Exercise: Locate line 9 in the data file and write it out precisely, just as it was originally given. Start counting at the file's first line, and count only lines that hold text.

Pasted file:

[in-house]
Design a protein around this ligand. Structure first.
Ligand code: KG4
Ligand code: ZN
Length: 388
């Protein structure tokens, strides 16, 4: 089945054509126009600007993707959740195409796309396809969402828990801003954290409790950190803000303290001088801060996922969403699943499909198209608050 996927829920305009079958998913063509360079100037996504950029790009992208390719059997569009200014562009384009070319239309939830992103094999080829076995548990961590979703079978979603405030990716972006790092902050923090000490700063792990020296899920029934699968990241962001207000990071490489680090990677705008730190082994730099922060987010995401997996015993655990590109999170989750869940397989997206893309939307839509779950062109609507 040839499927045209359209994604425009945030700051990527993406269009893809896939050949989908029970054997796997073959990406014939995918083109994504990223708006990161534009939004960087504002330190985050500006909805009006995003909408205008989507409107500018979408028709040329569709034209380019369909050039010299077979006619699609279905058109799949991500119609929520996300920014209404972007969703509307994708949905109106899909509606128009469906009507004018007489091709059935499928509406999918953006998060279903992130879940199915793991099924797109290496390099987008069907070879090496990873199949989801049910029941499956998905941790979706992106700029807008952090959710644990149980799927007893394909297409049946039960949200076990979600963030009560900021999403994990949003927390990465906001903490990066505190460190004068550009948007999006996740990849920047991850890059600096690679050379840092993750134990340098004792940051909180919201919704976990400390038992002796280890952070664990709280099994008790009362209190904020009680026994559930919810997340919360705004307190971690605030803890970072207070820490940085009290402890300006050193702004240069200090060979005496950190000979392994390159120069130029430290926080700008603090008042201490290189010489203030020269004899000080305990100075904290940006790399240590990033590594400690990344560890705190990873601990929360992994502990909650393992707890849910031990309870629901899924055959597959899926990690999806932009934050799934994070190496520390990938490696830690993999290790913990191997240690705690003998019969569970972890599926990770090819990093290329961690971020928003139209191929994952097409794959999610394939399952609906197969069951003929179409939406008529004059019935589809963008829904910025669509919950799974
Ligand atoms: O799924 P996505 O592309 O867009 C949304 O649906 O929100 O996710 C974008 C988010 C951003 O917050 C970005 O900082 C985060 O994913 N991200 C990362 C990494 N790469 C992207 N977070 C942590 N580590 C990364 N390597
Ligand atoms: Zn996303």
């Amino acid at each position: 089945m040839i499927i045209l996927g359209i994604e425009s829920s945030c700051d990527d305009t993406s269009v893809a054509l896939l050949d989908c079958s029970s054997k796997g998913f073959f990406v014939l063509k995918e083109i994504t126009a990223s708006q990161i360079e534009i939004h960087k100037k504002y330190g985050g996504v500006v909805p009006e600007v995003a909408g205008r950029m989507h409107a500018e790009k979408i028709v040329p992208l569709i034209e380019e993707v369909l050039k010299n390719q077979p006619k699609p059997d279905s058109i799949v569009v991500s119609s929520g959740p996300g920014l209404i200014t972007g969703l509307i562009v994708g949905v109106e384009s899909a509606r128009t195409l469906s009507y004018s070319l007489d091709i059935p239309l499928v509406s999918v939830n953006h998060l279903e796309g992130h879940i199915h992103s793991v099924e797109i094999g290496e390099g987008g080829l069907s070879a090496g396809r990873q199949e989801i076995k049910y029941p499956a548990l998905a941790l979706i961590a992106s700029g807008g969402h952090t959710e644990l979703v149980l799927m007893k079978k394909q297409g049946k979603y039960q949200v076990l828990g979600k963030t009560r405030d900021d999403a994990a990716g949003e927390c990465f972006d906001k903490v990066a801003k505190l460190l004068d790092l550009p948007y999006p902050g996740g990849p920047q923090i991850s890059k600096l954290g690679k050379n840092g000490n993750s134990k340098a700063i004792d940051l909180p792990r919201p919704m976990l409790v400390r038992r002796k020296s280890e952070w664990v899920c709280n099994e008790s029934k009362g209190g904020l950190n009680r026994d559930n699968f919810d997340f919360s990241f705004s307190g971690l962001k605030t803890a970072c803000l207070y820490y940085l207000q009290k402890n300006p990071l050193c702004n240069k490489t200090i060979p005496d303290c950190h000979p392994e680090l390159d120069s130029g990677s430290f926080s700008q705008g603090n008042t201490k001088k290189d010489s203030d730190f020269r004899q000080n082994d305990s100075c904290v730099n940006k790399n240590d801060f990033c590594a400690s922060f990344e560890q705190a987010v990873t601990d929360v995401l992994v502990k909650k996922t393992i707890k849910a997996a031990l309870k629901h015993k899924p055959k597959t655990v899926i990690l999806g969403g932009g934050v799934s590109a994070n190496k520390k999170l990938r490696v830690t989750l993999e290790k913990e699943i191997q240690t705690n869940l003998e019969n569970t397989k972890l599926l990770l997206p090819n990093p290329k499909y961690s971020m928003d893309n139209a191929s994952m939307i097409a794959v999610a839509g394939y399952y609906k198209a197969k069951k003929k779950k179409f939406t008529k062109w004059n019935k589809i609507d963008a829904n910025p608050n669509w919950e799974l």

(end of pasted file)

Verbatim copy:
């Amino acid at each position: 089945m040839i499927i045209l996927g359209i994604e425009s829920s945030c700051d990527d305009t993406s269009v893809a054509l896939l050949d989908c079958s029970s054997k796997g998913f073959f990406v014939l063509k995918e083109i994504t126009a990223s708006q990161i360079e534009i939004h960087k100037k504002y330190g985050g996504v500006v909805p009006e600007v995003a909408g205008r950029m989507h409107a500018e790009k979408i028709v040329p992208l569709i034209e380019e993707v369909l050039k010299n390719q077979p006619k699609p059997d279905s058109i799949v569009v991500s119609s929520g959740p996300g920014l209404i200014t972007g969703l509307i562009v994708g949905v109106e384009s899909a509606r128009t195409l469906s009507y004018s070319l007489d091709i059935p239309l499928v509406s999918v939830n953006h998060l279903e796309g992130h879940i199915h992103s793991v099924e797109i094999g290496e390099g987008g080829l069907s070879a090496g396809r990873q199949e989801i076995k049910y029941p499956a548990l998905a941790l979706i961590a992106s700029g807008g969402h952090t959710e644990l979703v149980l799927m007893k079978k394909q297409g049946k979603y039960q949200v076990l828990g979600k963030t009560r405030d900021d999403a994990a990716g949003e927390c990465f972006d906001k903490v990066a801003k505190l460190l004068d790092l550009p948007y999006p902050g996740g990849p920047q923090i991850s890059k600096l954290g690679k050379n840092g000490n993750s134990k340098a700063i004792d940051l909180p792990r919201p919704m976990l409790v400390r038992r002796k020296s280890e952070w664990v899920c709280n099994e008790s029934k009362g209190g904020l950190n009680r026994d559930n699968f919810d997340f919360s990241f705004s307190g971690l962001k605030t803890a970072c803000l207070y820490y940085l207000q009290k402890n300006p990071l050193c702004n240069k490489t200090i060979p005496d303290c950190h000979p392994e680090l390159d120069s130029g990677s430290f926080s700008q705008g603090n008042t201490k001088k290189d010489s203030d730190f020269r004899q000080n082994d305990s100075c904290v730099n940006k790399n240590d801060f990033c590594a400690s922060f990344e560890q705190a987010v990873t601990d929360v995401l992994v502990k909650k996922t393992i707890k849910a997996a031990l309870k629901h015993k899924p055959k597959t655990v899926i990690l999806g969403g932009g934050v799934s590109a994070n190496k520390k999170l990938r490696v830690t989750l993999e290790k913990e699943i191997q240690t705690n869940l003998e019969n569970t397989k972890l599926l990770l997206p090819n990093p290329k499909y961690s971020m928003d893309n139209a191929s994952m939307i097409a794959v999610a839509g394939y399952y609906k198209a197969k069951k003929k779950k179409f939406t008529k062109w004059n019935k589809i609507d963008a829904n910025p608050n669509w919950e799974l």